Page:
India is poised to emerge as a superpower in the global data centre space. Although the country’s data centre consumption, at about 1 MW per million po­pulation, is significantly lower than that of Europe (21 MW) and the US (8 MW), it has valuable resources such as skilled manpower, land and power, which are driving the growth of the data centre market. The government is playing a key role in this growth.

An enabling business landscape is attracting investments from global players, and the categorisation of data centres as essential services is driving digitalisation across sectors. Policies such as the draft Data Centre Policy, the National E-Com­merce Policy and the Smart Cities Mission are further facilitating the expansion of data centres.

Nxtra’s contribution

Nxtra, a subsidiary of Bharti Airtel, serves as one of the largest inter-connected digital platforms to serve the digital aspirations of India. Currently, Nxtra by Airtel serves around 450 customers through its 12 data centres and 120 edge data centres across the country. These facilities also serve next-generation applications such as artificial intelligence and machine learning. Nxtra’s data centres play a significant role in India’s digital growth.

The surge in real-time applications un­derscores the importance of technology-ready data centres, both at the IT and utility layers. Nxtra has a workable model that allows it to plug in and give viable solutions to address customer requirements.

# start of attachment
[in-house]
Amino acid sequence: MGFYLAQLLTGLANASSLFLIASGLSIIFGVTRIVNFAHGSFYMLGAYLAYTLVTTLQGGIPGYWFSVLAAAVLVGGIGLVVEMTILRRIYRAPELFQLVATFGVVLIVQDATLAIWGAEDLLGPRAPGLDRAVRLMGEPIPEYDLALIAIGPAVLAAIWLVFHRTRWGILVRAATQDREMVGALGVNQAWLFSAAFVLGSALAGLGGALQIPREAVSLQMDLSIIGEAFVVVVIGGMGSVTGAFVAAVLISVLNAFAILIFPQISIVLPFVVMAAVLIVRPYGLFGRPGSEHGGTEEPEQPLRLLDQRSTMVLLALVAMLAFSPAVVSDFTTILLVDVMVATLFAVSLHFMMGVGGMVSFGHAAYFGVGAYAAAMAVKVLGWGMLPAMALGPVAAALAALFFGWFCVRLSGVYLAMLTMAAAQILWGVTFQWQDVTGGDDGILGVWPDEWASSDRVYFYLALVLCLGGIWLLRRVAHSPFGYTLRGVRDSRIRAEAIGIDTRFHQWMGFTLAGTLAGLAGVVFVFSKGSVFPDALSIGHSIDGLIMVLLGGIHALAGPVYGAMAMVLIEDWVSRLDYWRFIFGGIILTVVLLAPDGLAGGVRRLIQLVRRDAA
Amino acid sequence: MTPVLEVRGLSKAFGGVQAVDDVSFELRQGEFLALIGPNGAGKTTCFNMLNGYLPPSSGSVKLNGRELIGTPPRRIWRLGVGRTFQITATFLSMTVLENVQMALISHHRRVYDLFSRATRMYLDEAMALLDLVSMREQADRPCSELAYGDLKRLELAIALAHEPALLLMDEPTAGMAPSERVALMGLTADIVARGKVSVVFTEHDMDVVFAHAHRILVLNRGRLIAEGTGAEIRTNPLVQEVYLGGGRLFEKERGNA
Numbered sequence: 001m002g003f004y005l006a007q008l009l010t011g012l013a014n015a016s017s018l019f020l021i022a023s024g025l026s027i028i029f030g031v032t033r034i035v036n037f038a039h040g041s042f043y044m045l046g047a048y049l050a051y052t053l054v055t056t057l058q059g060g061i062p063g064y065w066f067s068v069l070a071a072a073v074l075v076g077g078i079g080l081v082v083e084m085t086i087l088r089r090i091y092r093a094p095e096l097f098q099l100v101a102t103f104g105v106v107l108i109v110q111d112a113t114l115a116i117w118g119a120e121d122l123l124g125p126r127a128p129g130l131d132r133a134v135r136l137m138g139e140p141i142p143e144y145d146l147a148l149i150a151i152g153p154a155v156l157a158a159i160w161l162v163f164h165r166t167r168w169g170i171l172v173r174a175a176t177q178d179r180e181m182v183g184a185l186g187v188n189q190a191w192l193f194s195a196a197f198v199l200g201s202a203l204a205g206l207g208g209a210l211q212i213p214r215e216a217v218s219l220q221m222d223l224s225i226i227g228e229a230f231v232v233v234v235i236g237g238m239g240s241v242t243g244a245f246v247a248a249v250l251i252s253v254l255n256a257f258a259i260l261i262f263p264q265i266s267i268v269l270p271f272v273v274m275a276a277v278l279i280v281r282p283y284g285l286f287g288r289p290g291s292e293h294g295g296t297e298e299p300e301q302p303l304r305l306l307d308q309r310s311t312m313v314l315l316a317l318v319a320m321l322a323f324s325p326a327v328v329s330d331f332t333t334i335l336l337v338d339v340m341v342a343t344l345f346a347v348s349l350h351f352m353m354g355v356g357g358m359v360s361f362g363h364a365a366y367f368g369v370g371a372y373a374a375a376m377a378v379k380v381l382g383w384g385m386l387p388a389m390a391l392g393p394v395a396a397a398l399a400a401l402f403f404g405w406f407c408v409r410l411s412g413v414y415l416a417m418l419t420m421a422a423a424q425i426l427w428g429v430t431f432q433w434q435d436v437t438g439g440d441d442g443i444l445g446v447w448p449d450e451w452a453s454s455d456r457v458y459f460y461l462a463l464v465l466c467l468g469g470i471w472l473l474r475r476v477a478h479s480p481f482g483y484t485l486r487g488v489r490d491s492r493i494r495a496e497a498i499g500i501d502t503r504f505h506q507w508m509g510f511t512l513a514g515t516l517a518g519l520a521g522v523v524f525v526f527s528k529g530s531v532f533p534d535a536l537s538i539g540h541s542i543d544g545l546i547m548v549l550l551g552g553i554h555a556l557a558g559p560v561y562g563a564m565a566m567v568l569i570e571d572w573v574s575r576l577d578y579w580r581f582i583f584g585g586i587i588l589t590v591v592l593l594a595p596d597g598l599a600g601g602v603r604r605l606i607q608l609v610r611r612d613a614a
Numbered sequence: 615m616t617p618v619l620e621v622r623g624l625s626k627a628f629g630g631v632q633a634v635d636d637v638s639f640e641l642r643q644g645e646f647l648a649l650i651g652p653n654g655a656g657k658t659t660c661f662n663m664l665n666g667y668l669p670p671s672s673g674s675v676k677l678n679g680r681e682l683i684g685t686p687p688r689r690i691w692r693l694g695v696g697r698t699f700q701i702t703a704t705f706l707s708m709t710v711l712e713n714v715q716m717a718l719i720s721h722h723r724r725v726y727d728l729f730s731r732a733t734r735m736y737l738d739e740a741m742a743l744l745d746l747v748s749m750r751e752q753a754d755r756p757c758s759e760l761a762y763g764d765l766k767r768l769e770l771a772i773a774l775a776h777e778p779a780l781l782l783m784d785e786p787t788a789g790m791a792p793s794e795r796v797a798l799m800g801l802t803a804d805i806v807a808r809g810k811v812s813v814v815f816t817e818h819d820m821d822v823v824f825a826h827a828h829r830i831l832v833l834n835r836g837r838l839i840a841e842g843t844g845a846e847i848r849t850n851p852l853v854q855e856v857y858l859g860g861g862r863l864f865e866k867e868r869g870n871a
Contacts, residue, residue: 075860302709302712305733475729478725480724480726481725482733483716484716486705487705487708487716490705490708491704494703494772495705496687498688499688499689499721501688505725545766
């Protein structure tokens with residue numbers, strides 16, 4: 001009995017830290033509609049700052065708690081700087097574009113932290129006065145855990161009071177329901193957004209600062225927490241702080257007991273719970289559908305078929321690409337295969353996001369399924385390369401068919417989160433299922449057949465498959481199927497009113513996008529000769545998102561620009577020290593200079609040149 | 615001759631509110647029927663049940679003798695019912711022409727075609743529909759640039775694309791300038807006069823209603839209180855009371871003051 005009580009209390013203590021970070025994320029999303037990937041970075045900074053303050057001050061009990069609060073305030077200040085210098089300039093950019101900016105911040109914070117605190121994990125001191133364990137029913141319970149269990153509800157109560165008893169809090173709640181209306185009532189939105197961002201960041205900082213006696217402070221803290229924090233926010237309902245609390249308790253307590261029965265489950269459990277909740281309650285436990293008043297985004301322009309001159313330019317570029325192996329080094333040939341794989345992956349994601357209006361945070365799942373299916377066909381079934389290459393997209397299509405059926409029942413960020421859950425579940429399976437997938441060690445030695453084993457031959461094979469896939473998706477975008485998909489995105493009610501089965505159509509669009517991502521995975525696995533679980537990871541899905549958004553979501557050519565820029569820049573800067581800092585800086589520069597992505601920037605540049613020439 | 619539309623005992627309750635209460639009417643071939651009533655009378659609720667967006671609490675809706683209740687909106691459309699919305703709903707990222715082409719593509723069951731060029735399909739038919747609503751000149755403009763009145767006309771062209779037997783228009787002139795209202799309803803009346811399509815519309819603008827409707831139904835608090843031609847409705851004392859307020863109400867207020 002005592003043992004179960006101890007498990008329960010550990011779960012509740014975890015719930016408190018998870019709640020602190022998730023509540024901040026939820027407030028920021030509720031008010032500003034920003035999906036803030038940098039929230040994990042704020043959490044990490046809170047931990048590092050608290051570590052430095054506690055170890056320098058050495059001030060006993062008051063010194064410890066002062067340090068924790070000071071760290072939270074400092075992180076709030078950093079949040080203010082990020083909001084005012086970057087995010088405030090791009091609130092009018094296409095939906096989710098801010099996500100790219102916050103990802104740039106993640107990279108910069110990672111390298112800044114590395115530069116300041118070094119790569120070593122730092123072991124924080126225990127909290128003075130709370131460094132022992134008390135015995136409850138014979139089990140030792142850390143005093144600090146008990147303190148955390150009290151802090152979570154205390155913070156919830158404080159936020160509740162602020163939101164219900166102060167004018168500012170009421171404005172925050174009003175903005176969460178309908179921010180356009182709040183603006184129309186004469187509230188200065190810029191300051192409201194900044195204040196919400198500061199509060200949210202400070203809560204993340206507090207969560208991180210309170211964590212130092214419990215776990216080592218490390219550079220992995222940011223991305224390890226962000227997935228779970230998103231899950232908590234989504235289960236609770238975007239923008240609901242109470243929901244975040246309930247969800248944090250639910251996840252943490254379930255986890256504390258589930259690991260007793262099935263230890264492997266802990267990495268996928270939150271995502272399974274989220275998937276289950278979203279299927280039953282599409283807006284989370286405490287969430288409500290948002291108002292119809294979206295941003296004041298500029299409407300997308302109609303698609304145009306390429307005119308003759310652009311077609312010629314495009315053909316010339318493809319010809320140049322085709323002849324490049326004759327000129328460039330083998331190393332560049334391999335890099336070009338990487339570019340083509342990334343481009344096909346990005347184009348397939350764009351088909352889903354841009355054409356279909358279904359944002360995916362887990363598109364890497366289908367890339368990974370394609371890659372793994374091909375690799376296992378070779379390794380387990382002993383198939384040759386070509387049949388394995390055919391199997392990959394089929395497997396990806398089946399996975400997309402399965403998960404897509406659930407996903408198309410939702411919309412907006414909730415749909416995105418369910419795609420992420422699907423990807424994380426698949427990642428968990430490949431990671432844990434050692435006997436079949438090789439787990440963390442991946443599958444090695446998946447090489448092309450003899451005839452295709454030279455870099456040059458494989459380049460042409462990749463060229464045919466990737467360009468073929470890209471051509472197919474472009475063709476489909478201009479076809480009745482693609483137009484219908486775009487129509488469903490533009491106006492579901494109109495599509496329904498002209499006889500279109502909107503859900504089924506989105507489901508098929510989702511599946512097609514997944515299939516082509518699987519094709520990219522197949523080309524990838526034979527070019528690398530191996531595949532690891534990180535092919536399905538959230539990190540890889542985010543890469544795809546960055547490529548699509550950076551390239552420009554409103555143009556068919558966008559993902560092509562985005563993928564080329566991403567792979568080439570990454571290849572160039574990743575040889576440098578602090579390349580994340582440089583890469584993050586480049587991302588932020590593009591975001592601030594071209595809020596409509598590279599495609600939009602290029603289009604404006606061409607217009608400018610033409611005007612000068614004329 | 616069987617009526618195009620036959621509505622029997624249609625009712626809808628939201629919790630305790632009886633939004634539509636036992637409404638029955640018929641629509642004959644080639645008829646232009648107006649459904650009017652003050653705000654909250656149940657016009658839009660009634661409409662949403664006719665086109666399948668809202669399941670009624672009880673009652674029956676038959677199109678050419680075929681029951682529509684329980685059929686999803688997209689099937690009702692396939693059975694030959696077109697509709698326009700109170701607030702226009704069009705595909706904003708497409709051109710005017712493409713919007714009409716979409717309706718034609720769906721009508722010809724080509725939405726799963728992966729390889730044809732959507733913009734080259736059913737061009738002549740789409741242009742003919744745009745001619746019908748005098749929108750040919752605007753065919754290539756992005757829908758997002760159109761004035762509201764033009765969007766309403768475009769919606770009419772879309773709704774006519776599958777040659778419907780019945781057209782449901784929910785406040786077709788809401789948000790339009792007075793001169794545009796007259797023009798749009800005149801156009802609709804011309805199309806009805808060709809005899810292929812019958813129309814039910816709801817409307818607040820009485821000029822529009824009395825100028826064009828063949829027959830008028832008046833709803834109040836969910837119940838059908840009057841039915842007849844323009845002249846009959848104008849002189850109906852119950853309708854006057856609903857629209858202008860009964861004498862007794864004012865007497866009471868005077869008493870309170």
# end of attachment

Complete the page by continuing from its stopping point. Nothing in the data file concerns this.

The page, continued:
Headwinds and suggestions

Despite growth projections, the data centre industry faces some headwinds. The in­dustry requests a single-window clearance mechanism to further accelerate the pace of the deployment process and seek additional incentives for green energy supplies, wherever possible. Overall, we see more opportunities than issues/challenges for the data centre industry.

In addition, power is the food for hardware. Green energy development with reliable supply is crucial to meet the power de­mands of data centres. For seamless management of the digital supply chain, independent data centre companies, telecom service providers, cloud service providers, OEMs and software-as-a-service companies must be interconnected. New stakeholders such as peering partners, internet exchanges and other relevant vendors also need to work in tandem to ensure smooth growth. Further, the scale and number of upcoming data centres will be difficult to manage at the physical layer. An integrated and automated layer, including control systems, robots and QR-based methods, will be required to manage the scale of data centre operations.

Future plans

Nxtra has two main focus points for the coming years. The benchmarked target of IT capacity is 2,100 MW by 2026 compa­r­ed to an estimated 700 MW in 2023. Nxtra aims to be at the forefront of this growth and plans to invest Rs 50 billion by 2026 to further scale up its industry-leading network of hyperscale and edge data centres. The company is aiming to increa­se its capa­city by 2x, to 400 MW, in the next three years.

The company plans to develop six new hyperscale data centres in India. ac­ross key metro cities – Mumbai, Pune, Bengaluru, Hyderabad, NCR and Kolka­ta. Further, Nxtra aims to develop technology-ready data centre infrastructure to cater to AI and new-age applications with higher floor loading and innovative cooling technologies.  The second goal is to achieve net-zero emissions by 2031. The company is focusing on driving the Digital India initiative in a sustainable manner by adopting innovative green energy technologies. Overall, the long-term growth of data centres will be possible through the combined efforts of all stakeholders.

Based on a presentation by Gaurav Singh, Product Head, Nxtra by Airtel